With surprising back-to-back wins in Games 4 and 5, the New Jersey Devils will bring newfound confidence and momentum into Monday's Game 6.
The once written-off Devils will seek to tie the series with the Los Angeles Kings this evening at the Staples Center.
If they succeed, New Jersey will be only the third team in history to rally back from a 3-0 deficit in the Stanley Cup Final and force a Game 7.
If they fail, however, the Stanley Cup will rest in the hands of the heavily-favored Kings for the rest of the summer.
These 2011-2012 Devils are used to being the underdogs, though.
Coming off of a disappointing 11th-place finish in 2010-11 and sporting one of the oldest rosters in the league, few expected New Jersey to even qualify for the playoffs this spring.
They did, in the end, but not by much—it wasn't until March 31st that the Devils clinched their postseason berth.
Then it was off to the sunny skies of Florida, where the upstart Florida Panthers, making their first playoff appearance since 2001, pushed the Devils all the way to a Game 7 overtime before conceding.
And then began the magic of New Jersey's postseason run of 2012.
At last, in came an NHL title-deciding series with the Kings, pioneers of one of the most dominant playoff runs the hockey world had ever seen.
Led by star goaltender Jonathan Quick, L.A. had risen from the lowly eighth seed to destroy each of the Western Conference's top three clubs en route to the Stanley Cup Final, losing only two of 14 games along the way.
At that point, no one dared to bet against the Kings—over 70 percent of voters in a Bleacher Report poll picked Los Angeles to win from the start—and, truthfully, no one should have. L.A. quickly opened up a 3-0 series lead in the series' first week, outscoring the Devils 8-2 while pulling within one game of hoisting the cup.
But then, the tide began to change.
New Jersey stunned the Kings' hometown crowd with a 3-1 victory in Game 4 and then grabbed the momentum with a hard-fought 2-1 win in Saturday's Game 5. Already, the Devils are the first team since 1945 to rally from a 3-0 Stanley Cup Final deficit to force a sixth game.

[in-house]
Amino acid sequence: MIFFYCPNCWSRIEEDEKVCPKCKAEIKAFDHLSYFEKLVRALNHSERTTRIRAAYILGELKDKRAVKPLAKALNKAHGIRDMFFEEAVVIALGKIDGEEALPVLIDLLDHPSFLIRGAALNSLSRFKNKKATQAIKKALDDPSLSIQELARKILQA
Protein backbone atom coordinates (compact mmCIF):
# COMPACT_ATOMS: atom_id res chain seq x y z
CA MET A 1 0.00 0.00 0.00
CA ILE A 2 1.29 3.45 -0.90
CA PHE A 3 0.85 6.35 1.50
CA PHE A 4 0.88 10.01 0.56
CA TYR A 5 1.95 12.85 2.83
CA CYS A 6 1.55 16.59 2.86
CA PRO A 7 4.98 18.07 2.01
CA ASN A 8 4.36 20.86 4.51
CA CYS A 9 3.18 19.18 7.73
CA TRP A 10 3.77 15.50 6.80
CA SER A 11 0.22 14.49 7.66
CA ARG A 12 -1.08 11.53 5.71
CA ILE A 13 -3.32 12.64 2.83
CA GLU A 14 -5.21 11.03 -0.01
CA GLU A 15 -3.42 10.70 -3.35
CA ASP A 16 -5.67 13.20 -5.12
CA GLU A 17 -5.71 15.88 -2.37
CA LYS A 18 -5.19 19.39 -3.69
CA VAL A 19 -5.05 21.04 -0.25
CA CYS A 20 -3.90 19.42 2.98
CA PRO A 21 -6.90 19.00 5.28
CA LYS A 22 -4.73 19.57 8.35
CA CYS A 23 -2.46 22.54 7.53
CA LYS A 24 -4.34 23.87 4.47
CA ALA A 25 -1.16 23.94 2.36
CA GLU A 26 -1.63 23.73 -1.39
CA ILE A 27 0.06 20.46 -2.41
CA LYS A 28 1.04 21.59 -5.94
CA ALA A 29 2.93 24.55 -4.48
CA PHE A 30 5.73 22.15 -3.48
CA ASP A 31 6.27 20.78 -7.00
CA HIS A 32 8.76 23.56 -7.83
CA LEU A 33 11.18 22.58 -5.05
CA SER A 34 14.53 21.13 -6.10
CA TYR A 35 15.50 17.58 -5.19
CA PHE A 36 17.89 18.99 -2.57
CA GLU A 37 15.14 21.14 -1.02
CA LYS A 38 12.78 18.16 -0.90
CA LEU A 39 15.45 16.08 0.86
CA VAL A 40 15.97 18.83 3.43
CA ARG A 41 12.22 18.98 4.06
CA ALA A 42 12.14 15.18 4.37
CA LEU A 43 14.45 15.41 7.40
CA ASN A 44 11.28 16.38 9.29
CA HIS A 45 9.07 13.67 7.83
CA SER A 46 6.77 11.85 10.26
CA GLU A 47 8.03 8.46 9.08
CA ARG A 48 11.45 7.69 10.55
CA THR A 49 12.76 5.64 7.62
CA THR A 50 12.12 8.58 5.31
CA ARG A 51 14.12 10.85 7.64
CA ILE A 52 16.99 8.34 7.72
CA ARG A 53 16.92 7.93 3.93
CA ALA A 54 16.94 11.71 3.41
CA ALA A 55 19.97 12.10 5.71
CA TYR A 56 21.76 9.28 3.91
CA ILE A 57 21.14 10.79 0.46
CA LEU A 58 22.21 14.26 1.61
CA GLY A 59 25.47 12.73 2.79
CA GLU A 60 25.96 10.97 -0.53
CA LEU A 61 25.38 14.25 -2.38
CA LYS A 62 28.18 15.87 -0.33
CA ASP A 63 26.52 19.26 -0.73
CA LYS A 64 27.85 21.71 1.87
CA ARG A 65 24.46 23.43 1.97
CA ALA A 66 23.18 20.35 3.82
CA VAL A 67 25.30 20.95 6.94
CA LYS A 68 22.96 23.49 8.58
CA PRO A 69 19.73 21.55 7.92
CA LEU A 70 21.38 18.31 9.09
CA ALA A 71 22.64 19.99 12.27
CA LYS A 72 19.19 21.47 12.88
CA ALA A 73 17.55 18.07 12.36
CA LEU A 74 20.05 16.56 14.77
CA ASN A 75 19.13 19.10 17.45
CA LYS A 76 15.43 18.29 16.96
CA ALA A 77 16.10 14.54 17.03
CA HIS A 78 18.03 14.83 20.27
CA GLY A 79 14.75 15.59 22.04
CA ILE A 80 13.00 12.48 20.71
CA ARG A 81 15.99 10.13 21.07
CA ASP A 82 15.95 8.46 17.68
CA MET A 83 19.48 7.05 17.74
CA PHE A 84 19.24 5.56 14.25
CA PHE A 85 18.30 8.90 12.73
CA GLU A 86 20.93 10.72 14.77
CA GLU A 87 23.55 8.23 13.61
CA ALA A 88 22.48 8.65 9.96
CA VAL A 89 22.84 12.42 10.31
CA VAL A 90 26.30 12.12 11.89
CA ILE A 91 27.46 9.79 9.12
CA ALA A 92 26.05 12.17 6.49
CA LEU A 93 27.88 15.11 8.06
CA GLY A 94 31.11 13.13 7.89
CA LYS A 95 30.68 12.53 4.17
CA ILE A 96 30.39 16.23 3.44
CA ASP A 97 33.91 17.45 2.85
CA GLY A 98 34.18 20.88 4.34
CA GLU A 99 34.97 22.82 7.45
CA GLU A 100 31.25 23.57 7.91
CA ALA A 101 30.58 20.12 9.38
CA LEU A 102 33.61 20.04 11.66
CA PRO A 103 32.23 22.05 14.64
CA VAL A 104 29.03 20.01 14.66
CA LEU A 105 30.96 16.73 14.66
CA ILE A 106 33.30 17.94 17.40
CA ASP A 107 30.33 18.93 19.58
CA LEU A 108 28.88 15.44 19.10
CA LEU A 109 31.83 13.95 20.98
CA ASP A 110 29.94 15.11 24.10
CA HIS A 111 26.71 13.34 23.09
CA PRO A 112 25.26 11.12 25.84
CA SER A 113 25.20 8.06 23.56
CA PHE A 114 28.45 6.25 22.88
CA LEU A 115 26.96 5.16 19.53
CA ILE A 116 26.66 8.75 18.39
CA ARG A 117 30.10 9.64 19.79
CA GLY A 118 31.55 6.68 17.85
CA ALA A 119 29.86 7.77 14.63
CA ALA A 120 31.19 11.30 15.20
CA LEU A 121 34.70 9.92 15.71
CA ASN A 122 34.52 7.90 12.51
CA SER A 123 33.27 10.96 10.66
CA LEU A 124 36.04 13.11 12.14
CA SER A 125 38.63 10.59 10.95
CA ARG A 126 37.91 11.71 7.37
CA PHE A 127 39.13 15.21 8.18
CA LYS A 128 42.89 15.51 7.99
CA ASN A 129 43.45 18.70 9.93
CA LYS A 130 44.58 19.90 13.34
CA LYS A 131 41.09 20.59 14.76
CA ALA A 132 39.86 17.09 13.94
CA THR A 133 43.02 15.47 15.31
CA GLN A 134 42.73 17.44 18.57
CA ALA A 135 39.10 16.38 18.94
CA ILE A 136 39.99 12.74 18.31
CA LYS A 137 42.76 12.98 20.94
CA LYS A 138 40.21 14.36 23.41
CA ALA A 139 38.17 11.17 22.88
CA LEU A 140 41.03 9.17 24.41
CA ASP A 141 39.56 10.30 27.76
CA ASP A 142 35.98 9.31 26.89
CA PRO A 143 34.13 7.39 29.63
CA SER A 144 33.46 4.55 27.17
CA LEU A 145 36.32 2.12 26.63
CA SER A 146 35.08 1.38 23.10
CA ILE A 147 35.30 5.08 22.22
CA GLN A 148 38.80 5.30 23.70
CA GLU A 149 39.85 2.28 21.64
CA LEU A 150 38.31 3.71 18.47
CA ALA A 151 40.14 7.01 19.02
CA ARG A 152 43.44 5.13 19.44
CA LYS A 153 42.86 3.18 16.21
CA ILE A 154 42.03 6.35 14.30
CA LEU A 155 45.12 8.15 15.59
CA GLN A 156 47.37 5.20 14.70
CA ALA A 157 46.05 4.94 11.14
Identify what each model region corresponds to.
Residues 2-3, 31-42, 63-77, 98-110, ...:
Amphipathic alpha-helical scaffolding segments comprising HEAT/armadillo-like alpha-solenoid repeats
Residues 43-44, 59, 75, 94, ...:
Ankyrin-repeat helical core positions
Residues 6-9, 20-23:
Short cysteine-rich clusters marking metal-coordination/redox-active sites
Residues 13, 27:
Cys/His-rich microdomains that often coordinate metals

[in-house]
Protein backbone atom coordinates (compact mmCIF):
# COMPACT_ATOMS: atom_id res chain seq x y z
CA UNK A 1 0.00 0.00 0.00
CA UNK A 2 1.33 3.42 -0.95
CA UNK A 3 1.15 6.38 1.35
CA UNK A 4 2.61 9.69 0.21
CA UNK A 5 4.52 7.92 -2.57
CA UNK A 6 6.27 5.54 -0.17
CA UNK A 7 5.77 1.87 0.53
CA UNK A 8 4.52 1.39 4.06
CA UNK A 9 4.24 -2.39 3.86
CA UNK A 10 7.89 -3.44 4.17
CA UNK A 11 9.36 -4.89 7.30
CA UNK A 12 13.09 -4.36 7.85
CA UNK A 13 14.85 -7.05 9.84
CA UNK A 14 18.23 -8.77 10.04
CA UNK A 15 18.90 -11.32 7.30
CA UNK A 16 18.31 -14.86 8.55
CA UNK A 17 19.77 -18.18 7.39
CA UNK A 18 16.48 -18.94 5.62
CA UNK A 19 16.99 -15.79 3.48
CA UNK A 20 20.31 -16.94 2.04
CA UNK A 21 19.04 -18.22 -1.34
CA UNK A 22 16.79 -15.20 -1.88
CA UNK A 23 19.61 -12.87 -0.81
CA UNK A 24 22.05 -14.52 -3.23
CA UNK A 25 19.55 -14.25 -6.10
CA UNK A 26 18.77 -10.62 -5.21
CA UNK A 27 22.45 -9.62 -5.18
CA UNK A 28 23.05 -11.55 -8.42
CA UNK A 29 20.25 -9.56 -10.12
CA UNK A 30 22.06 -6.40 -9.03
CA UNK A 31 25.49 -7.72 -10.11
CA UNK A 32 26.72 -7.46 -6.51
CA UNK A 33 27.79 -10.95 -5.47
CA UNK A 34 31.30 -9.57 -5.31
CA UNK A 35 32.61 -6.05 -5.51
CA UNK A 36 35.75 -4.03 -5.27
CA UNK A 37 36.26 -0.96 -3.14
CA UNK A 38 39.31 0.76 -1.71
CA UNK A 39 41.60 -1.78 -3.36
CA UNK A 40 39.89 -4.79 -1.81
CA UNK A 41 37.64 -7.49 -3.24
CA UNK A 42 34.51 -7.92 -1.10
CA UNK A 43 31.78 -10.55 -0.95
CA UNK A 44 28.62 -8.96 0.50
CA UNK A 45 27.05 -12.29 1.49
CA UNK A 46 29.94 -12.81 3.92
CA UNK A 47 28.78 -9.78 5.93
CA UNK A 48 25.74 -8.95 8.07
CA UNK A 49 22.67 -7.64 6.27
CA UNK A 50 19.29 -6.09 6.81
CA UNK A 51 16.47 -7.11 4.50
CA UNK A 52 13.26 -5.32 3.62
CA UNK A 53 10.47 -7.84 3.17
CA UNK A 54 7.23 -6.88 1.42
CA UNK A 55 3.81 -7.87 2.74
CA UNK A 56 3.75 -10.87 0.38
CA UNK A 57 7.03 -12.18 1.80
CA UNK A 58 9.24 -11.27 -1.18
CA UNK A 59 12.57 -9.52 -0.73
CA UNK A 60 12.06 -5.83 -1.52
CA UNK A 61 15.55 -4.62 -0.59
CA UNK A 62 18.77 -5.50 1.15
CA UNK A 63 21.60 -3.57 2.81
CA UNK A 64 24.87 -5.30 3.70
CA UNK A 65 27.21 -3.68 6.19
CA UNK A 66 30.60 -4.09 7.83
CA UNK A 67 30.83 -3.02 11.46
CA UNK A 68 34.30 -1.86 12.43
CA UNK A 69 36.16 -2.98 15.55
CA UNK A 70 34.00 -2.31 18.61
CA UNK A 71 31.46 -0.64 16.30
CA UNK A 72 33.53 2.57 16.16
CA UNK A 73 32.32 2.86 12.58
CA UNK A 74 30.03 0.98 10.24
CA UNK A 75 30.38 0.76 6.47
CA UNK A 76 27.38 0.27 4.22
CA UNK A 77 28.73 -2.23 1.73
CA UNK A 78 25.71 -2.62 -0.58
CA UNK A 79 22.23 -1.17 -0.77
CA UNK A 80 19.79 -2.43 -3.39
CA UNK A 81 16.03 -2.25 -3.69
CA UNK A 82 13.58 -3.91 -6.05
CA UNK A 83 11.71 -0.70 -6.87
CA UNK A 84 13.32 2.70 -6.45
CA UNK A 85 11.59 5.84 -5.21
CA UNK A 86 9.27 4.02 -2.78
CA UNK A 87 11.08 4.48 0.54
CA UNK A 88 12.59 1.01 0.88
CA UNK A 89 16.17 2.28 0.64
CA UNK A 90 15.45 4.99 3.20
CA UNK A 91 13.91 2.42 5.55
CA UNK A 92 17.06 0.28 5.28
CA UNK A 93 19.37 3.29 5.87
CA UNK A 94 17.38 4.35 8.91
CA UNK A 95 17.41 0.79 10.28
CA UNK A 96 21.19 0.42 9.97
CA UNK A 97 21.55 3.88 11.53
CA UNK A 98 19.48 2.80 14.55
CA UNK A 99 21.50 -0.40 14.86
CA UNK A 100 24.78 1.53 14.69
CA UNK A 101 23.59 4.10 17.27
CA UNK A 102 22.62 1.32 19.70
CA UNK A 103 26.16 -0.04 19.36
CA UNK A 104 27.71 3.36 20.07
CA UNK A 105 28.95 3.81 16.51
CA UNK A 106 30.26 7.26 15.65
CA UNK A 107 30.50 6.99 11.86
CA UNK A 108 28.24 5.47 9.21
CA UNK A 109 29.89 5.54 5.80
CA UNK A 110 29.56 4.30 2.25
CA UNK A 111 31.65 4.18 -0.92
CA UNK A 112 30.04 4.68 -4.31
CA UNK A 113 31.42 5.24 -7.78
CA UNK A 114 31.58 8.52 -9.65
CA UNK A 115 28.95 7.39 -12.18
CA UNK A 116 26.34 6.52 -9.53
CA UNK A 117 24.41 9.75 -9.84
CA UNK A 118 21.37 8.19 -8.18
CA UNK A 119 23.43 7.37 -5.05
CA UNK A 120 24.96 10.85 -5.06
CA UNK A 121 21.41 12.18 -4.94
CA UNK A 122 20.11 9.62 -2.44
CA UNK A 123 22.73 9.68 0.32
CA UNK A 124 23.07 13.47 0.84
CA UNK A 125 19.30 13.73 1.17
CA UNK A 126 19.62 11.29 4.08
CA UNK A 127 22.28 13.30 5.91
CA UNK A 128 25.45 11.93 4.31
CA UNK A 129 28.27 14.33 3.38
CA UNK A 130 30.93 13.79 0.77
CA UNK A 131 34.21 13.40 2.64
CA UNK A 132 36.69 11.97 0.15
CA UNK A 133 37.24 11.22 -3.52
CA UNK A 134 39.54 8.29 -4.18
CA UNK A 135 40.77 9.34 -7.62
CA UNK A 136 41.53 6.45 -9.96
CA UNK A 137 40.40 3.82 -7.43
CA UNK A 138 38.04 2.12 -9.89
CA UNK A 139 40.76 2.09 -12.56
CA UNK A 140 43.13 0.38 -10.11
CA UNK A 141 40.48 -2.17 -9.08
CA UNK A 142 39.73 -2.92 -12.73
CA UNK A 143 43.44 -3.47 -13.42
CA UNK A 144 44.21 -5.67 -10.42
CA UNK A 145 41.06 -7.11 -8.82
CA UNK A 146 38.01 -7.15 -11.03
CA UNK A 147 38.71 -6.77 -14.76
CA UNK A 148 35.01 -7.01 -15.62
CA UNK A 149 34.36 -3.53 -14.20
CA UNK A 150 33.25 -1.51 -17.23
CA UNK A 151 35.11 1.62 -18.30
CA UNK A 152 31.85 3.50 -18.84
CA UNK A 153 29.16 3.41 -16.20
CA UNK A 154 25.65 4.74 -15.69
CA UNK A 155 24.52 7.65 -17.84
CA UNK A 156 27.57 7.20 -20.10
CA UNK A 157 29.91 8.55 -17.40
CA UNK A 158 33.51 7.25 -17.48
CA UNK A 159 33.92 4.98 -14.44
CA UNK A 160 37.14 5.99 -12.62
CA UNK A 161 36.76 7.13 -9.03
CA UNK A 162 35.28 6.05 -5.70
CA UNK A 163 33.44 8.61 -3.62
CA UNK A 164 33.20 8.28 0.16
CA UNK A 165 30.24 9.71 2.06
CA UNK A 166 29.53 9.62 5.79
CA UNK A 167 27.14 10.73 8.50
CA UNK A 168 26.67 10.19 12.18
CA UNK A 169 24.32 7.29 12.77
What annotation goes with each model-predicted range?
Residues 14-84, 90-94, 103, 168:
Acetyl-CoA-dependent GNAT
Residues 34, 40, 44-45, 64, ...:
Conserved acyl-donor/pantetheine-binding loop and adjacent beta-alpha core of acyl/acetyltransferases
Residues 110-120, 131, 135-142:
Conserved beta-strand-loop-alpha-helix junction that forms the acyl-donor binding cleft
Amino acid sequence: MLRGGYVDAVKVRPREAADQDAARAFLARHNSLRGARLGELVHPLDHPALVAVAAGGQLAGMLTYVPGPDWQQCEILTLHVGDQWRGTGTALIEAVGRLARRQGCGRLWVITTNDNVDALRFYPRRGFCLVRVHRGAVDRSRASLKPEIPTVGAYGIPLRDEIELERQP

And now, New Jersey hopes to extend that date three more years.
The NHL boasted only seven total teams then, however, and the Red Wings had a losing record in the regular season. Today, they wouldn't have even qualified for the playoffs, much less have had the opportunity for a 3-0 lead in the Stanley Cup Final.
Toronto's eventual victory could hardly be called an upset.
The Devils, on the other hand, would need to win 16 games to take the crown (compared to the Leafs' mere eight) and do so against a cornucopia of opponents with regular-season records far better than theirs (conversely, the '42 Leafs were the higher seed in both of their series).
The 3-0 deficit aside, the Devils would also be the lowest seed to ever win the Stanley Cup in any fashion.
No squad seeded sixth or lower has ever won the NHL title—in fact, they never even had the chance to until the league expanded to the current playoff format in 1994. Oddly, the fifth-seeded N.J. Devils of 1995 are the lowest-ranked club to ever win the Stanley Cup before this summer.
These 2012 Devils' uphill climb to reach the summit is far from over—they still must overcome the odds by winning both games left in the series, including Monday's duel in the Kings' own lair.
Nevertheless, the possibility of the biggest upset in Stanley Cup history is currently, at least, plausible.
Can New Jersey continue to keep that hope for a history book-shattering Stanley Cup title alive?
We'll see tonight.
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